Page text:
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Barriers To Providing Adequate Oral Healthcare In The Residential Care Setting

1014 words - 5 pages

It is well known that oral healthcare in nursing homes is substandard(1). There are several reasons that this is the case. From the dentists’ standpoint, the nursing home setting is not conducive for a proper oral examination and treatment. Many dentists cite a lack of portable dental equipment that can be taken into the residential facilities(2). As a consequence, many dentists who are willing to invest in the oral health of these residents would like for the patients to come to the office so that proper standard of care can be provided. However, nursing staff members and administrators find that the practicality of transporting residents from the nursing home to the dental office for ...view middle of the document...

The study goes on to suggest that the main reason nurses considered oral health practices unpleasant is because of the unwillingness of cognitively impaired residents to cooperate(5). To further complicate matters, 84% of the nurses surveyed felt that they would have to use “mild physical force” in order to effectively complete the daily oral healthcare procedures(5).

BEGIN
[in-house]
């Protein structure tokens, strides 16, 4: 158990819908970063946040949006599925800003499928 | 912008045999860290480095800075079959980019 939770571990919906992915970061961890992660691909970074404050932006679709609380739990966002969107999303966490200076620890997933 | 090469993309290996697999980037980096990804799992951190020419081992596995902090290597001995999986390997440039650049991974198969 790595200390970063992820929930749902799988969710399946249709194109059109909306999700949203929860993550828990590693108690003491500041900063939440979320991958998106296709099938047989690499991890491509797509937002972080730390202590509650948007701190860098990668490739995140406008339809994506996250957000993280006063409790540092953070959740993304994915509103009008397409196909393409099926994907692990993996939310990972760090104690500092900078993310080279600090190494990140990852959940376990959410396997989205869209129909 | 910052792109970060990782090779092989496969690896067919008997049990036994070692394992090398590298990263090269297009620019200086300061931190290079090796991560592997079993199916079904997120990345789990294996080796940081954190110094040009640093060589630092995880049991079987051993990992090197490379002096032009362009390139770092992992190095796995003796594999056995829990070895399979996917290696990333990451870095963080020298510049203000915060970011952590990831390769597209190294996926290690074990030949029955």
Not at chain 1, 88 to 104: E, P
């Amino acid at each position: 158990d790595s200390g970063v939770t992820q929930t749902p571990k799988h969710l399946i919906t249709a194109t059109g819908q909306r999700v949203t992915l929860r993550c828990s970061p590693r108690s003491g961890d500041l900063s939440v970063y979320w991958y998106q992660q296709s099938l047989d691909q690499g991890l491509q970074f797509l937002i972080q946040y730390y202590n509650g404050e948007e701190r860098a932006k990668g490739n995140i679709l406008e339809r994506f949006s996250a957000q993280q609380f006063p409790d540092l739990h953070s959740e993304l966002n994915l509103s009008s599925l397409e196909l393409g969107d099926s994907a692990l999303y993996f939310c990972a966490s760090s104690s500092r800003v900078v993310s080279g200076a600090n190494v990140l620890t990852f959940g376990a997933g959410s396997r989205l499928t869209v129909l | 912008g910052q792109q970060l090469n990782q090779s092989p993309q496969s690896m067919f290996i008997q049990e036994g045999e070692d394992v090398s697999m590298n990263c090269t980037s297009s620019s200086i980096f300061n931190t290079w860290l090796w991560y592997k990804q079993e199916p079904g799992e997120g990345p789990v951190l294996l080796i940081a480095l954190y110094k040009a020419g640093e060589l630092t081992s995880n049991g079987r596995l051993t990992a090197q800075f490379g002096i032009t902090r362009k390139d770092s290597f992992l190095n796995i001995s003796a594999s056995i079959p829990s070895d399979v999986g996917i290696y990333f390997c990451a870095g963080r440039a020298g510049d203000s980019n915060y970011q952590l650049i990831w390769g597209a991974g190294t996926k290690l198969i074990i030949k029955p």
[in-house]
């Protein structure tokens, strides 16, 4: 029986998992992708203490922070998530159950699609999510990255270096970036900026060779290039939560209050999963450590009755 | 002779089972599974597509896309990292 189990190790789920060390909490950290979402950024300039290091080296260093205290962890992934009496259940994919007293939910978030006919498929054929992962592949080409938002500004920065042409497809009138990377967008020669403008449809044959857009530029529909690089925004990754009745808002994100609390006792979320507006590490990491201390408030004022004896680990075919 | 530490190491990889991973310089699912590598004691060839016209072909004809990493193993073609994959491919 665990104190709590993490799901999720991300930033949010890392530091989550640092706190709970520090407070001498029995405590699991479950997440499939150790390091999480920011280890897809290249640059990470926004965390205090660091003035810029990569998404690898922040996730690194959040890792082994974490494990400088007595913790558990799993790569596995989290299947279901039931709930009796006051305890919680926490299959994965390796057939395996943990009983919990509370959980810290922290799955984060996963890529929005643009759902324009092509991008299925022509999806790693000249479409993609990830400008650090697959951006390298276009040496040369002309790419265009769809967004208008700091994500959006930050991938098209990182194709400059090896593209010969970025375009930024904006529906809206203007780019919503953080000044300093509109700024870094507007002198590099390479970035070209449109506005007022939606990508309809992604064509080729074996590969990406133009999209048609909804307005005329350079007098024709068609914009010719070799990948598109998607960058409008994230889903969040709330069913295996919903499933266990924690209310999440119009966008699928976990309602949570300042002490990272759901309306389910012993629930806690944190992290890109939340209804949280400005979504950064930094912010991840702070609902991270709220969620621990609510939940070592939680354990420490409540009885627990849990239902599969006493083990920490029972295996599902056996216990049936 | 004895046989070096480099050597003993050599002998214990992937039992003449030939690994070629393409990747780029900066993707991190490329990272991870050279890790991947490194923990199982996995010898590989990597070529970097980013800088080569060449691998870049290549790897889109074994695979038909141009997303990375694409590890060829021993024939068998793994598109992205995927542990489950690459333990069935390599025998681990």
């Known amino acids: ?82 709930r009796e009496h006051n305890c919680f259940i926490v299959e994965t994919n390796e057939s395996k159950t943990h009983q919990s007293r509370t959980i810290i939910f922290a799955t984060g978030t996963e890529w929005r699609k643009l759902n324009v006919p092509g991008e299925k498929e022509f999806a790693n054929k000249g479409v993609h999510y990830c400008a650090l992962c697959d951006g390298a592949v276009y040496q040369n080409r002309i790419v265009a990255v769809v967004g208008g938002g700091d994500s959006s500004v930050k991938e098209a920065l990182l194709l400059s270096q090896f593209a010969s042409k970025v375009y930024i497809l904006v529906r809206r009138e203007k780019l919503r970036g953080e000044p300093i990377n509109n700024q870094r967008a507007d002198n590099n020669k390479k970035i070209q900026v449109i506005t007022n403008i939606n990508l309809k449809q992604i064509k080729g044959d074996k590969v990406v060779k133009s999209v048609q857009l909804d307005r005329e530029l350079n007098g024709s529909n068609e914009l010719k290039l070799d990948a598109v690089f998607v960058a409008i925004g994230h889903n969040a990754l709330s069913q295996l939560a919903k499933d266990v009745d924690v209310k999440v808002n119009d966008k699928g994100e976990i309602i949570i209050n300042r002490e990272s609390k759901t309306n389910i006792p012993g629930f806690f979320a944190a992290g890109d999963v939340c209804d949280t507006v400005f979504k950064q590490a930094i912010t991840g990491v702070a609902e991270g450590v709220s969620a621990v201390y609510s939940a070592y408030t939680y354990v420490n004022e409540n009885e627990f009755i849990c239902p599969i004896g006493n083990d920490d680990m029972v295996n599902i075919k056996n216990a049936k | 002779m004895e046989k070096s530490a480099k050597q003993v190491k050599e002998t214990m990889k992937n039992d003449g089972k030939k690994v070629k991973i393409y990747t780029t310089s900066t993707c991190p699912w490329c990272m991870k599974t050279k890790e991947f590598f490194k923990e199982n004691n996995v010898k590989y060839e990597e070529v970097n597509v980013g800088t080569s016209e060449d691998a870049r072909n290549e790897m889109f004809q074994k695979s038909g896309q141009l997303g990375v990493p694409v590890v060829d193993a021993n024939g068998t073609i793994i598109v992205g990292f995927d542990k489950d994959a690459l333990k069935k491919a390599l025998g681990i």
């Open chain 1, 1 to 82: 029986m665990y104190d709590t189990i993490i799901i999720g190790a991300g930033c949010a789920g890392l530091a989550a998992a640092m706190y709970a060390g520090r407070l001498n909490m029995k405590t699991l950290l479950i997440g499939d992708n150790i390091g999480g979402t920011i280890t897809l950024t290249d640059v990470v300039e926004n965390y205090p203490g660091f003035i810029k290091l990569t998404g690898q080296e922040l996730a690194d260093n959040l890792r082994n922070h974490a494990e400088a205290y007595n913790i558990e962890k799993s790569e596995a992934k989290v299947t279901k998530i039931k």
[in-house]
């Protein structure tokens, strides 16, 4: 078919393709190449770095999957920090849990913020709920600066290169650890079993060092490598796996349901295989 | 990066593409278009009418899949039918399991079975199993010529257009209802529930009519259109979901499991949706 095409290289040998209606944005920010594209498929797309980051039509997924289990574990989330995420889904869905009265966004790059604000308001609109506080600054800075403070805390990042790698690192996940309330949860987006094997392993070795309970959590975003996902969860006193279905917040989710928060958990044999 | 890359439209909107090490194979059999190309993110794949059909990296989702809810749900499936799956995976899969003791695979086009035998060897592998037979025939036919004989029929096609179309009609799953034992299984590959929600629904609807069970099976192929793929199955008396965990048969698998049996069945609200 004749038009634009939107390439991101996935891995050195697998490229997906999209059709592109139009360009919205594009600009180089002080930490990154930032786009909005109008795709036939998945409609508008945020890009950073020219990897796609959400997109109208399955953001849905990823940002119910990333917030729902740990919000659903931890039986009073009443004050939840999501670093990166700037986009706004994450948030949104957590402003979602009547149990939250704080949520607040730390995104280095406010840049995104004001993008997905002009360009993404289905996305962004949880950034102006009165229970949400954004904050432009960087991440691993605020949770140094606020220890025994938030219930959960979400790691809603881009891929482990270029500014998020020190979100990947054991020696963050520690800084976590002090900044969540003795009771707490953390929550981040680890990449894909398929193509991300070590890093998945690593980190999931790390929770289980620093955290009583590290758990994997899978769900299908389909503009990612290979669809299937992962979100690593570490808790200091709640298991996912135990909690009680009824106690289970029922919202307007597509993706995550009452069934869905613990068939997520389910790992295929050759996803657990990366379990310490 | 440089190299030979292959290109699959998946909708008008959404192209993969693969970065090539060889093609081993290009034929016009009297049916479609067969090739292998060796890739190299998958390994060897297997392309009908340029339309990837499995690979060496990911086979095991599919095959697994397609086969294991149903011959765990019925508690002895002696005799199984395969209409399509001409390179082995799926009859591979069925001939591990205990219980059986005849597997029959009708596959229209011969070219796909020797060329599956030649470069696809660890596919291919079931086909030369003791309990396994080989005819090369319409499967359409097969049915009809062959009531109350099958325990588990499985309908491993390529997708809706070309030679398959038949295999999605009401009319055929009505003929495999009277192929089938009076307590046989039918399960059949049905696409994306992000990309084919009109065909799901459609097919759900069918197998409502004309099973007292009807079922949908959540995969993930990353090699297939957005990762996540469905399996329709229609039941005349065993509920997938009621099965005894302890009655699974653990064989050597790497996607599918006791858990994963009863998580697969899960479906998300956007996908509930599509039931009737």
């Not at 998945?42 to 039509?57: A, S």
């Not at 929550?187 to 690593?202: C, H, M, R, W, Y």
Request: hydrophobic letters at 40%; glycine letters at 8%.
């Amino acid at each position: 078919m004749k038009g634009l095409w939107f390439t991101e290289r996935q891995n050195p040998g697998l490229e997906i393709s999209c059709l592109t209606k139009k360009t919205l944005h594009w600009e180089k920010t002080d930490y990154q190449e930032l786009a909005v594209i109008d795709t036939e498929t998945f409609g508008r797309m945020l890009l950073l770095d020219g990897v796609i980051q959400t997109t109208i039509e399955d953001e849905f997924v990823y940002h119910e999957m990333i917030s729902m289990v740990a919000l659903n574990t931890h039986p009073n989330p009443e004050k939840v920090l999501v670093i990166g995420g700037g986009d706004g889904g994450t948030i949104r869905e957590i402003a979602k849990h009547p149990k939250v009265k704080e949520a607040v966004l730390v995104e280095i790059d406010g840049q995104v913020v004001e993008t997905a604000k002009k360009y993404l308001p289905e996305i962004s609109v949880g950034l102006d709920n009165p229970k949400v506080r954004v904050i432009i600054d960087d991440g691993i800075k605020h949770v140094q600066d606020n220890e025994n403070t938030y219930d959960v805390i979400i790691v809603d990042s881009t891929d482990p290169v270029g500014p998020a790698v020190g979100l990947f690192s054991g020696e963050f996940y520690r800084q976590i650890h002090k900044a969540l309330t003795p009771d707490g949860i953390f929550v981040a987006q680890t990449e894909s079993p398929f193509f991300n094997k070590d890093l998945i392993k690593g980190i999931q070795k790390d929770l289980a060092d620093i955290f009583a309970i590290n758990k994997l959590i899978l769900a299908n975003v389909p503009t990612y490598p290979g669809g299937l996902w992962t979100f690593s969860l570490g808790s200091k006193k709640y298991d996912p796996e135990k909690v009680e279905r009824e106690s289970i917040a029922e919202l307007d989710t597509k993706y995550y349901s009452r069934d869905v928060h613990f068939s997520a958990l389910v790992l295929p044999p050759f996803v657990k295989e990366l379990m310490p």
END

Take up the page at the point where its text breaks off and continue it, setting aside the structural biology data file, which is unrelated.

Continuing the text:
Another disparity when it comes to oral healthcare in the residential care setting is the level of training nurses and caregivers have toward identifying potential oral disease(2). The traditional dental examination given by a licensed dentist incorporates the use of visual and tactile elements in order to identify oral disease(2). This necessitates the use of an intraoral light, an explorer, a mouth mirror, a tongue depressor, mouth gauze, and a trained eye(2). Hard and soft tissues are examined for oral pathology. According to Chalmers and Pearson, there is currently no standard that can be used by non-dental professionals in order to help identify oral pathology in resident care facilities(2). This makes it extremely hard for those nurses/caregivers to know what to look for in certain categories of patients in these facilities. There are several of these assessments used by nurses in intensive care units, chemotherapy units, and those patients who are intubated in a hospital setting(2). They include Oral Assessment Guide (OAG), the THROAT assessment, and the Revised Oral Assessment Guide (ROAG)(2). These assessments are great because they use lay dental terms that nurses and non dental professionals can understand, are quick and computerized, require a minimum of dental examination equipment, and provide a list of potential oral pathologies likely associated with each specific group of patients (xerostomia, aspiration pneumonia, mucositis, candiasis, etc.)(2) However, as Chalmers and Pearson point out, there is currently no national standard assessment that has been developed for use in the residential care facility(2). The authors cite three potentially useful oral health assessments...

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